3. supafinger says: Sep 5, 2012 1:43 PM

    Just wait until after this weekend refs… I am sure there will be some game that is incorrectly decided by the replacement refs or some terrible call will be made. You will have the upper hand at that point.

  4. blackandbluedivision says: Sep 5, 2012 1:44 PM

    The NFL negotiating tactics stink. They pulled this same stunt with the Players: Fake proposals at the last minute.

    What is the NFL doing during all this time before the offseason when the players/referee contracts expire other than planning to lock them out?

  5. deadeye says: Sep 5, 2012 1:45 PM

    The NFLRA doesn’t want accountability. It’s the ugly reality of unions, they will protect members at any expense. We’ll see how it all turns out after the final agreement. But if the NFLRA had their way, no official would ever get fired or reprimanded for any reason.

  6. moagecu says: Sep 5, 2012 1:47 PM

    I am all for this. If a ref makes some awful calls during the season, bench him and bring scene else in. There needs to be accountability. In every job there is someone gunning for your job, why can’t this be the same for the refs.

  7. eaglesw00t says: Sep 5, 2012 1:47 PM

    121 officials.

    $30 million dollars in pay for 2012. Thats $247,933 per official total value (yes, I know Im not including pension/retired officials, etc)

    They refuse to be held accountable for their performance, with the exception of a grading system to be used for playoff appearances.

    They refuse to be full time employees, and only work 50 days per year, yet want pension benefits, and full health coverage.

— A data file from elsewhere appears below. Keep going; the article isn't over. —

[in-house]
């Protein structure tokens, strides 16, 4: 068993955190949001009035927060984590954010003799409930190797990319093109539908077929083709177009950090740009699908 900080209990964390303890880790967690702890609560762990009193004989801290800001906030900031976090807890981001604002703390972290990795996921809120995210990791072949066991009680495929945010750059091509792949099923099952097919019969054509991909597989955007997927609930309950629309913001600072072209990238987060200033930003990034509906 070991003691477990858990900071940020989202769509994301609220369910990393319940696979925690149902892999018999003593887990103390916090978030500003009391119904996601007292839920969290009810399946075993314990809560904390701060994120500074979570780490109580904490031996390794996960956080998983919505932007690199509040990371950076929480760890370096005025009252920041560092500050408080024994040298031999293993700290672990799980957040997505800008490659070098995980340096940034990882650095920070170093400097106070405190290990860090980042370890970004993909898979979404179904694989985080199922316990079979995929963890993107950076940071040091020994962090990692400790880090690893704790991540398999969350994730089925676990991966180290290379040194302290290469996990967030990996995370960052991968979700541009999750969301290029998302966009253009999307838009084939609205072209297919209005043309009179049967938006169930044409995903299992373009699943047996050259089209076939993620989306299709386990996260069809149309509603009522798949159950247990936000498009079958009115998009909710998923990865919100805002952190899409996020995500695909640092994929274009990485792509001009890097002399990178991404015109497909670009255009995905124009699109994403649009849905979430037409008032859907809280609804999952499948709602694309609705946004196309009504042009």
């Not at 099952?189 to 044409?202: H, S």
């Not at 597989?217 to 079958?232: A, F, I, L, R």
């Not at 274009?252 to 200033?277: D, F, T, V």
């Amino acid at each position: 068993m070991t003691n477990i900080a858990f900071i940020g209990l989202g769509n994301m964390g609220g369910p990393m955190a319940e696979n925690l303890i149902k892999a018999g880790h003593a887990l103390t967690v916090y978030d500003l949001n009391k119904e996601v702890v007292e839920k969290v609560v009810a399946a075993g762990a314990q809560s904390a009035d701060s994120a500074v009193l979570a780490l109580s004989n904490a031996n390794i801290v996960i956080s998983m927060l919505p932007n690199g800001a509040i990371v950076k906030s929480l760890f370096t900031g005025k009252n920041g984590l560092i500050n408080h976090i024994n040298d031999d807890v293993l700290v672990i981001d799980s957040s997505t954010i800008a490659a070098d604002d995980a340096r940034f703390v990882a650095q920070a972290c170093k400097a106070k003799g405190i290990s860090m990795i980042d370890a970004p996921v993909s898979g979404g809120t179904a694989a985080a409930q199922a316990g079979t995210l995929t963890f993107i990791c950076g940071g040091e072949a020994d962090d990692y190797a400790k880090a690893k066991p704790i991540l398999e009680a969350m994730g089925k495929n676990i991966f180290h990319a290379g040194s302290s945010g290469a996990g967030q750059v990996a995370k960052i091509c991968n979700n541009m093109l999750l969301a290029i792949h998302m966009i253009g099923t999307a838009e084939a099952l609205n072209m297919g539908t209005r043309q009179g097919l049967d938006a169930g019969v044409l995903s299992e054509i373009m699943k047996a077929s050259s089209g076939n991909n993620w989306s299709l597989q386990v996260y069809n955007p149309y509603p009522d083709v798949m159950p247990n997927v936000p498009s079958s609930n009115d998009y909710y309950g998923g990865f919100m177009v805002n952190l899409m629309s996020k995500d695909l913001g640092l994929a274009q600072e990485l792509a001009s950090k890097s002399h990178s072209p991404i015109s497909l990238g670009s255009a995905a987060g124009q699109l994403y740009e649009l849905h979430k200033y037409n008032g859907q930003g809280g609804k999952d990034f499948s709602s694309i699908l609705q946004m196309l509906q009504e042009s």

And still remain $70 million apart on what the referees feel they should be paid. Holy cow, they are some greedy sons of guns…

  8. hail74 says: Sep 5, 2012 1:49 PM

    2k/hour with 401k seems pretty good to me.

  9. dmartin17 says: Sep 5, 2012 1:51 PM

    Every week the refs hold out the further the fall into irrelevancy.

  10. makimaguro says: Sep 5, 2012 1:56 PM

    You would think that the NFL works for the NFLRA with some of these aggressive public remarks they have been using.

  11. pilonflats says: Sep 5, 2012 2:03 PM

    Im so tired of hearing union propaganda/fiction. Can we please revert to the old ways and talk about football? Please?

  12. csilojohnson says: Sep 5, 2012 2:03 PM

    Grading performance does not create accountability. 99-98%? What sport are they watching?

  13. eyedocjay says: Sep 5, 2012 2:07 PM

    TAKE THE DEAL!! Are these Ref’s serious?! They work at most 24 days/yr (including pre/post season) and make well over $100k for those days…Throw in insurances and weekend travel…I’m ready to close my practice and apply!! Seriously, you’re fighting one of the biggest businesses in the country and think you’re going to win…Have the players taught you nothing!!

  14. firstclasspack says: Sep 5, 2012 2:10 PM

    Let me get this straight. The “REAL” refs are bragging about being right 98-99% of the time. Let’s take a minute to break that down.